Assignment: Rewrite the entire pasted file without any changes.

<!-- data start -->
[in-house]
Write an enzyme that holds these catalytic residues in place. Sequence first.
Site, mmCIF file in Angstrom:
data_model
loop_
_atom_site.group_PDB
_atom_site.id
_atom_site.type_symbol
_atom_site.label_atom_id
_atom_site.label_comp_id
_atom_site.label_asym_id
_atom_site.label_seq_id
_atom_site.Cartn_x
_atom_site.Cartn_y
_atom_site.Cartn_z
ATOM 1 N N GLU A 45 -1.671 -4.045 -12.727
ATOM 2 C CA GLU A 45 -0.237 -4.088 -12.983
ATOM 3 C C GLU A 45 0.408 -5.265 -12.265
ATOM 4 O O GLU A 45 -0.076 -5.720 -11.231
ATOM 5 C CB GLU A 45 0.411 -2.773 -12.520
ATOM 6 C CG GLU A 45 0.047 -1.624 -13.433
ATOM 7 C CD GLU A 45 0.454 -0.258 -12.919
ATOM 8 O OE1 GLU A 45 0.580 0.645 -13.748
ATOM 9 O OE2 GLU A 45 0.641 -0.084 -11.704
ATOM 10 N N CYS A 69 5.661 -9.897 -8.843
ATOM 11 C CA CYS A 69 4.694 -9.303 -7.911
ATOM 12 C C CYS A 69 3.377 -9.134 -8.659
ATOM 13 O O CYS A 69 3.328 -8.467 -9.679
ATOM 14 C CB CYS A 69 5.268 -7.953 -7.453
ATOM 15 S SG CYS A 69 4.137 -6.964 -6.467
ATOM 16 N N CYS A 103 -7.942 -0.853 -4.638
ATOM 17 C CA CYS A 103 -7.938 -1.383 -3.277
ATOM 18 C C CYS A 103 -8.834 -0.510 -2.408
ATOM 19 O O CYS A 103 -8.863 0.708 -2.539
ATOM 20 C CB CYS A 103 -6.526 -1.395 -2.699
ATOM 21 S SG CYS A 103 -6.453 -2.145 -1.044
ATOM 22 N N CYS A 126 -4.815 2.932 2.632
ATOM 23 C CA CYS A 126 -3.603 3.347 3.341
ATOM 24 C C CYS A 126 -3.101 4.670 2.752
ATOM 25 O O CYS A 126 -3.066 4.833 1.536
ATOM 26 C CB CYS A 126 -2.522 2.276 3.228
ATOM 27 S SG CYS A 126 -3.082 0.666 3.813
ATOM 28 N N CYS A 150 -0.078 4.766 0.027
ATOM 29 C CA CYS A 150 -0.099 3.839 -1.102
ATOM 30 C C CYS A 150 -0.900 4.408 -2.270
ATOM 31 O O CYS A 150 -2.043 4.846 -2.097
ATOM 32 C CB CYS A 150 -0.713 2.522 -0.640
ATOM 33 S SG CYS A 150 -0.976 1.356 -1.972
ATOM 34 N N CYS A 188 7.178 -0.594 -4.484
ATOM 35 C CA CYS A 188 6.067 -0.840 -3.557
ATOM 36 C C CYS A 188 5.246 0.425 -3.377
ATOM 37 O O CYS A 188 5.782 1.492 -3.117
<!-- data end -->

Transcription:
[in-house]
Write an enzyme that holds these catalytic residues in place. Sequence first.
Site, mmCIF file in Angstrom:
data_model
loop_
_atom_site.group_PDB
_atom_site.id
_atom_site.type_symbol
_atom_site.label_atom_id
_atom_site.label_comp_id
_atom_site.label_asym_id
_atom_site.label_seq_id
_atom_site.Cartn_x
_atom_site.Cartn_y
_atom_site.Cartn_z
ATOM 1 N N GLU A 45 -1.671 -4.045 -12.727
ATOM 2 C CA GLU A 45 -0.237 -4.088 -12.983
ATOM 3 C C GLU A 45 0.408 -5.265 -12.265
ATOM 4 O O GLU A 45 -0.076 -5.720 -11.231
ATOM 5 C CB GLU A 45 0.411 -2.773 -12.520
ATOM 6 C CG GLU A 45 0.047 -1.624 -13.433
ATOM 7 C CD GLU A 45 0.454 -0.258 -12.919
ATOM 8 O OE1 GLU A 45 0.580 0.645 -13.748
ATOM 9 O OE2 GLU A 45 0.641 -0.084 -11.704
ATOM 10 N N CYS A 69 5.661 -9.897 -8.843
ATOM 11 C CA CYS A 69 4.694 -9.303 -7.911
ATOM 12 C C CYS A 69 3.377 -9.134 -8.659
ATOM 13 O O CYS A 69 3.328 -8.467 -9.679
ATOM 14 C CB CYS A 69 5.268 -7.953 -7.453
ATOM 15 S SG CYS A 69 4.137 -6.964 -6.467
ATOM 16 N N CYS A 103 -7.942 -0.853 -4.638
ATOM 17 C CA CYS A 103 -7.938 -1.383 -3.277
ATOM 18 C C CYS A 103 -8.834 -0.510 -2.408
ATOM 19 O O CYS A 103 -8.863 0.708 -2.539
ATOM 20 C CB CYS A 103 -6.526 -1.395 -2.699
ATOM 21 S SG CYS A 103 -6.453 -2.145 -1.044
ATOM 22 N N CYS A 126 -4.815 2.932 2.632
ATOM 23 C CA CYS A 126 -3.603 3.347 3.341
ATOM 24 C C CYS A 126 -3.101 4.670 2.752
ATOM 25 O O CYS A 126 -3.066 4.833 1.536
ATOM 26 C CB CYS A 126 -2.522 2.276 3.228
ATOM 27 S SG CYS A 126 -3.082 0.666 3.813
ATOM 28 N N CYS A 150 -0.078 4.766 0.027
ATOM 29 C CA CYS A 150 -0.099 3.839 -1.102
ATOM 30 C C CYS A 150 -0.900 4.408 -2.270
ATOM 31 O O CYS A 150 -2.043 4.846 -2.097
ATOM 32 C CB CYS A 150 -0.713 2.522 -0.640
ATOM 33 S SG CYS A 150 -0.976 1.356 -1.972
ATOM 34 N N CYS A 188 7.178 -0.594 -4.484
ATOM 35 C CA CYS A 188 6.067 -0.840 -3.557
ATOM 36 C C CYS A 188 5.246 0.425 -3.377
ATOM 37 O O CYS A 188 5.782 1.492 -3.117